Almost a third of shareholders defied the wishes of Shell board members to vote in favour of a resolution tabled by an activist shareholder group at its annual general meeting today.
Thirty percent of the votes went in favour of Follow This’ resolution, which called for Shell to set Paris-aligned short, medium and long-term targets for cutting emissions from its operations and the use of its products.
The resolution was rejected, but the support gained was more than double the level achieved at last year’s AGM – 14%.
Follow This, which has become a thorn in the side of oil majors, also saw backing for its climate stance swell at BP’s AGM last week, to 20.65% from 8.4% two years previously.
The results indicate that pressure is continuing to build on traditional oil and gas companies to slash their emissions and ramp up their investments in renewables more quickly.
Before the meeting, Shell’s board said shareholders should reject Follow This’ resolution, which it labelled “redundant”.
That’s because Shell filed its own resolution offering shareholders an “advisory” vote on its Energy Transition Strategy today, and every three years thereafter.
Shell’s own resolution was supported by 89% of votes cast at the AGM.
Chief executive Ben van Beurden said he was pleased with the “strong endorsement” of Shell’s strategy and would “seek to fully understand” why shareholders “voted as they did” for Follow This’ resolution.
Mark van Baal, founder of Follow This, said the results showed Shell’s policy fell short of what was needed to “protect investors from devastating climate change” and called for the firm to revise its targets.
Earlier, he said that if Shell’s targets were Paris consistent, then the company would not have to advise shareholders to vote against Follow This’ resolution, which simply asked for Paris consistent goal-setting.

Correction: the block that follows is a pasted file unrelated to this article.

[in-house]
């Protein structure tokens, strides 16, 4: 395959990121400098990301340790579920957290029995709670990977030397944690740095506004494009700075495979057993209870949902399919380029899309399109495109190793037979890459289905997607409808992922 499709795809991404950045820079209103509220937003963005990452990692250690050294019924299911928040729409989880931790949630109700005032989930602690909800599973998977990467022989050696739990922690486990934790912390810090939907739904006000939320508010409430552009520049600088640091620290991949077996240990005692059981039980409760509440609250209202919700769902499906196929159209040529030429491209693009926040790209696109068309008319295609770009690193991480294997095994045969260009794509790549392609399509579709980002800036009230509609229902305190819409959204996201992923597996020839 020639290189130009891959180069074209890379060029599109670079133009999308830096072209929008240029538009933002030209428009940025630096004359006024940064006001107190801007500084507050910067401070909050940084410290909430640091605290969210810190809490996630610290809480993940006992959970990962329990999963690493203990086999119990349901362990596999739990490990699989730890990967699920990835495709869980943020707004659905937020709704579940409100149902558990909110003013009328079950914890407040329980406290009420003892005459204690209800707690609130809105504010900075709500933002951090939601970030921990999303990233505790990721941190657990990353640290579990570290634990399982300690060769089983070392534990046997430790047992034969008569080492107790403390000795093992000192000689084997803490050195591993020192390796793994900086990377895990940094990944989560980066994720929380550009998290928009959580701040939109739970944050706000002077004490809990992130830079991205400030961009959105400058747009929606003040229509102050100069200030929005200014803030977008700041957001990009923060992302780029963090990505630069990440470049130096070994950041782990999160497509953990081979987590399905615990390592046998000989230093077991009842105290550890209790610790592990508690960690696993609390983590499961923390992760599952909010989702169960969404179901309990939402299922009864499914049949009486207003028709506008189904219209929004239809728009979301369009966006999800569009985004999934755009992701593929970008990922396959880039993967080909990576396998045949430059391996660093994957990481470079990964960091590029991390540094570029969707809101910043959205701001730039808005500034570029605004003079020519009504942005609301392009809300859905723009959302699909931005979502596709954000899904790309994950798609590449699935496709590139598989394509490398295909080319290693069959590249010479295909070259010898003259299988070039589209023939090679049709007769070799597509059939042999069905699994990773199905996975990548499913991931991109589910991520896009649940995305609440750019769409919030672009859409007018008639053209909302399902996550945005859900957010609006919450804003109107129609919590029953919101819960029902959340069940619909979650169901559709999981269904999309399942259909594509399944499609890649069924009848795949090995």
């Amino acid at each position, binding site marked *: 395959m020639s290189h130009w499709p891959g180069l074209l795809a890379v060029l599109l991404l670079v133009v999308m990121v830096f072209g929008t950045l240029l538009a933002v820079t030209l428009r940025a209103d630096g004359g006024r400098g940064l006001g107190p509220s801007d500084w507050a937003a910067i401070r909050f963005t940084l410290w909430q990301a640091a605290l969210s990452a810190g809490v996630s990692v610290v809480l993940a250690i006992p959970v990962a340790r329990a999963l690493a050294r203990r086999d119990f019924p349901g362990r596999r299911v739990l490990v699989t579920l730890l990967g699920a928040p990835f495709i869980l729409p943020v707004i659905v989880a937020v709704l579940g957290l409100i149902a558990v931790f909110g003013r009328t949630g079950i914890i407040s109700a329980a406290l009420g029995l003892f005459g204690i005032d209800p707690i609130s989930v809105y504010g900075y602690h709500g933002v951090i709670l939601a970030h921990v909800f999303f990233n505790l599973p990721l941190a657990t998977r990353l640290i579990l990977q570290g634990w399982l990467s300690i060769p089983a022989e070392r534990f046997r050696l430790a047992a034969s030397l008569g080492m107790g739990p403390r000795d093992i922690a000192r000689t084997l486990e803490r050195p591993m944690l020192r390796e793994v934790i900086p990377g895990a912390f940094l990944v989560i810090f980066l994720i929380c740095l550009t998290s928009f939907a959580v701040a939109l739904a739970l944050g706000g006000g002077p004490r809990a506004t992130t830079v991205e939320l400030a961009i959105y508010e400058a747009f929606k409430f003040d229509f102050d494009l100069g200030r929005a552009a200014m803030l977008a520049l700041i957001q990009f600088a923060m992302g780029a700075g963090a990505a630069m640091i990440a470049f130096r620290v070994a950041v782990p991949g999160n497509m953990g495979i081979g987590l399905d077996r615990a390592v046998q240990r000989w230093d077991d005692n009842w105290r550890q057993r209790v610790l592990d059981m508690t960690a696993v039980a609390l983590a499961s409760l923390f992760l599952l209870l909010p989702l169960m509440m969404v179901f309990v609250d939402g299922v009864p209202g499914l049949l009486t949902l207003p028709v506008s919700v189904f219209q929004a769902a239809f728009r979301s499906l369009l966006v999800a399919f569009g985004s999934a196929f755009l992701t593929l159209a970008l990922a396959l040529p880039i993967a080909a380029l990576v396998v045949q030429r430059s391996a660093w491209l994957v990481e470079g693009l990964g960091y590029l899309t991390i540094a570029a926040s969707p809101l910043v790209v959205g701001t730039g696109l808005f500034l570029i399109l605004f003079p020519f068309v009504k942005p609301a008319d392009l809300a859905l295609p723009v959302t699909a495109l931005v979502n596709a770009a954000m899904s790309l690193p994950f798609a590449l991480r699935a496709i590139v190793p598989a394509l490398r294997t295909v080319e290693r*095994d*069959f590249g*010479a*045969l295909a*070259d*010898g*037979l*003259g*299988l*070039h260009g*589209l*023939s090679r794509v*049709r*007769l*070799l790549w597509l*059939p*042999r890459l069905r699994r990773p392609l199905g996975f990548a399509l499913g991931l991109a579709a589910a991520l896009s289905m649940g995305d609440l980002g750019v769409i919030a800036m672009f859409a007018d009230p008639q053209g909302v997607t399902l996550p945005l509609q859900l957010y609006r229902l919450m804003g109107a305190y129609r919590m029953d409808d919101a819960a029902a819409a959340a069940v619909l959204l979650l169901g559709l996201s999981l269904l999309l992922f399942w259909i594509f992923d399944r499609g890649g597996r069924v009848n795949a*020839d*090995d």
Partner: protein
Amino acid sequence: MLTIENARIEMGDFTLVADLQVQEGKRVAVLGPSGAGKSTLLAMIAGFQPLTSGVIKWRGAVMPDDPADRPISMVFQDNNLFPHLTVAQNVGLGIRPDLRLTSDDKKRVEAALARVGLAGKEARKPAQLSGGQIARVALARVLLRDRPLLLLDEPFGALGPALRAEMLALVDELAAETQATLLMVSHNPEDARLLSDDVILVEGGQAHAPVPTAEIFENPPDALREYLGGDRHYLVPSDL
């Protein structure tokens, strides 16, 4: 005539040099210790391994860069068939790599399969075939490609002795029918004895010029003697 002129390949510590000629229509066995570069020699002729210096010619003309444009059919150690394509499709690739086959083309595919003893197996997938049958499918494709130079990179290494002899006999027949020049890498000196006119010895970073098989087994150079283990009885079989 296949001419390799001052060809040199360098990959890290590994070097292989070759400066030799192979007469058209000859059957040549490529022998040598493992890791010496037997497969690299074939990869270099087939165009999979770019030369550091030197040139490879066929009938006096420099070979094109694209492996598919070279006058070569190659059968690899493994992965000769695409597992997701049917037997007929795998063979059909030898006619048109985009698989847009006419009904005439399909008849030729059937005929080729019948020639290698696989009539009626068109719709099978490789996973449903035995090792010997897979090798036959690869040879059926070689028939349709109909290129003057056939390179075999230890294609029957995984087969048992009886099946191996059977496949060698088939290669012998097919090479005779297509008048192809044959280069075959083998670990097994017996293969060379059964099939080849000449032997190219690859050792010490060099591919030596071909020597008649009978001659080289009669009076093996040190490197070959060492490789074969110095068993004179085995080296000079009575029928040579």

Responding directly to Mr van Baal’s statement, Shell chief executive Ben van Beurden said: “There’s nothing in your resolution we’ve not taken into account and that’s why we say it is redundant.”
He insisted Shell’s strategy was “comprehensive, rigorous and ambitious” and that its targets were in line Paris Climate Agreement goal of keeping global warming below 2 degrees Celsius compared with pre-industrial levels.
Mr van Beurden also stressed that Shell was working towards clear and concrete milestones, including operating 2.5 million electric vehicle charging points by 2030 and capturing 25 million tonnes of carbon dioxide per year by 2035.
Furthermore, he said Shell would not sell oil and gas products to customers which are not dealing with their emissions – and that the British-Dutch giant would not explore for oil and gas in new “frontier” territories after 2025.
Chairman Chad Holliday said he had “not had time to study” a report from the International Energy Agency, published today, which said no new oil and gas fields should be developed if the energy sector is to hit net-zero emissions by 20250.
Shell was also put on the spot by Adam Matthews, director of ethics and engagement for the Church of England Pensions Board.
Mr Matthews recognised Shell had taken an important step with its energy transition strategy.
But he urged Shell to set near and medium term targets for “absolute” emissions reductions – at present Shell only has these for carbon intensity.
Mr Matthews also said the CoE Pensions Board would divest its shares in Shell if the company hasn’t lived up to its ambitions in 2023.
Mr van Beurden said Shell chose to focus on lowering carbon intensity because the company was unable to reduce demand from society for oil and gas products.
If Shell “retreated” from its core business and stopped producing fossil fuels, demand would remain and a different company would fill the supply gap.
“It’s not within our remit to reduce demand in society but we can provide energy with lower carbon intensity,” he said.
Mr van Beurden also said most of Shell’s reserves will have been produced by 2035, which meant the risk that the company is sitting on resources that can’t be produced was “negligible”.